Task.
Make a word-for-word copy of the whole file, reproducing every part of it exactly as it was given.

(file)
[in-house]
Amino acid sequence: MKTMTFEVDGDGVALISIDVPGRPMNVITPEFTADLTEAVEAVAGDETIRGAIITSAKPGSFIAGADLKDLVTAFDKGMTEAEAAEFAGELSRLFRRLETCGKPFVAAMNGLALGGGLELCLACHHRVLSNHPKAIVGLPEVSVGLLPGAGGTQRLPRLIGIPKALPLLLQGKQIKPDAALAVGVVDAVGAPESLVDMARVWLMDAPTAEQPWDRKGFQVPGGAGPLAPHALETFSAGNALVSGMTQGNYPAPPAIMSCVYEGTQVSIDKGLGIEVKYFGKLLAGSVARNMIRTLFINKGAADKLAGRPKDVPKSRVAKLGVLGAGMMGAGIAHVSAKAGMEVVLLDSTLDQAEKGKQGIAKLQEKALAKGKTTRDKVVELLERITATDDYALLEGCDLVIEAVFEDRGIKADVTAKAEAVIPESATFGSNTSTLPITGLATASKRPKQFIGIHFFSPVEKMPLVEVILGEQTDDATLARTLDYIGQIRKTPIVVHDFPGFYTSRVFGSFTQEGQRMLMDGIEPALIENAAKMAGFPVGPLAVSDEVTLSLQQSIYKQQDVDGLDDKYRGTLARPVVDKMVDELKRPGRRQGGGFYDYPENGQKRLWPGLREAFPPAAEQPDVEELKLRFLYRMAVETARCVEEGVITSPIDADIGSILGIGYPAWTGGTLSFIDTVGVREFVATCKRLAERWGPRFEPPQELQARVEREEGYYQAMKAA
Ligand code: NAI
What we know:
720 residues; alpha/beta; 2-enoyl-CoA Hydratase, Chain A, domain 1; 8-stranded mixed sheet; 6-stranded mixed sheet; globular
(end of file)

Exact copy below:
[in-house]
Amino acid sequence: MKTMTFEVDGDGVALISIDVPGRPMNVITPEFTADLTEAVEAVAGDETIRGAIITSAKPGSFIAGADLKDLVTAFDKGMTEAEAAEFAGELSRLFRRLETCGKPFVAAMNGLALGGGLELCLACHHRVLSNHPKAIVGLPEVSVGLLPGAGGTQRLPRLIGIPKALPLLLQGKQIKPDAALAVGVVDAVGAPESLVDMARVWLMDAPTAEQPWDRKGFQVPGGAGPLAPHALETFSAGNALVSGMTQGNYPAPPAIMSCVYEGTQVSIDKGLGIEVKYFGKLLAGSVARNMIRTLFINKGAADKLAGRPKDVPKSRVAKLGVLGAGMMGAGIAHVSAKAGMEVVLLDSTLDQAEKGKQGIAKLQEKALAKGKTTRDKVVELLERITATDDYALLEGCDLVIEAVFEDRGIKADVTAKAEAVIPESATFGSNTSTLPITGLATASKRPKQFIGIHFFSPVEKMPLVEVILGEQTDDATLARTLDYIGQIRKTPIVVHDFPGFYTSRVFGSFTQEGQRMLMDGIEPALIENAAKMAGFPVGPLAVSDEVTLSLQQSIYKQQDVDGLDDKYRGTLARPVVDKMVDELKRPGRRQGGGFYDYPENGQKRLWPGLREAFPPAAEQPDVEELKLRFLYRMAVETARCVEEGVITSPIDADIGSILGIGYPAWTGGTLSFIDTVGVREFVATCKRLAERWGPRFEPPQELQARVEREEGYYQAMKAA
Ligand code: NAI
What we know:
720 residues; alpha/beta; 2-enoyl-CoA Hydratase, Chain A, domain 1; 8-stranded mixed sheet; 6-stranded mixed sheet; globular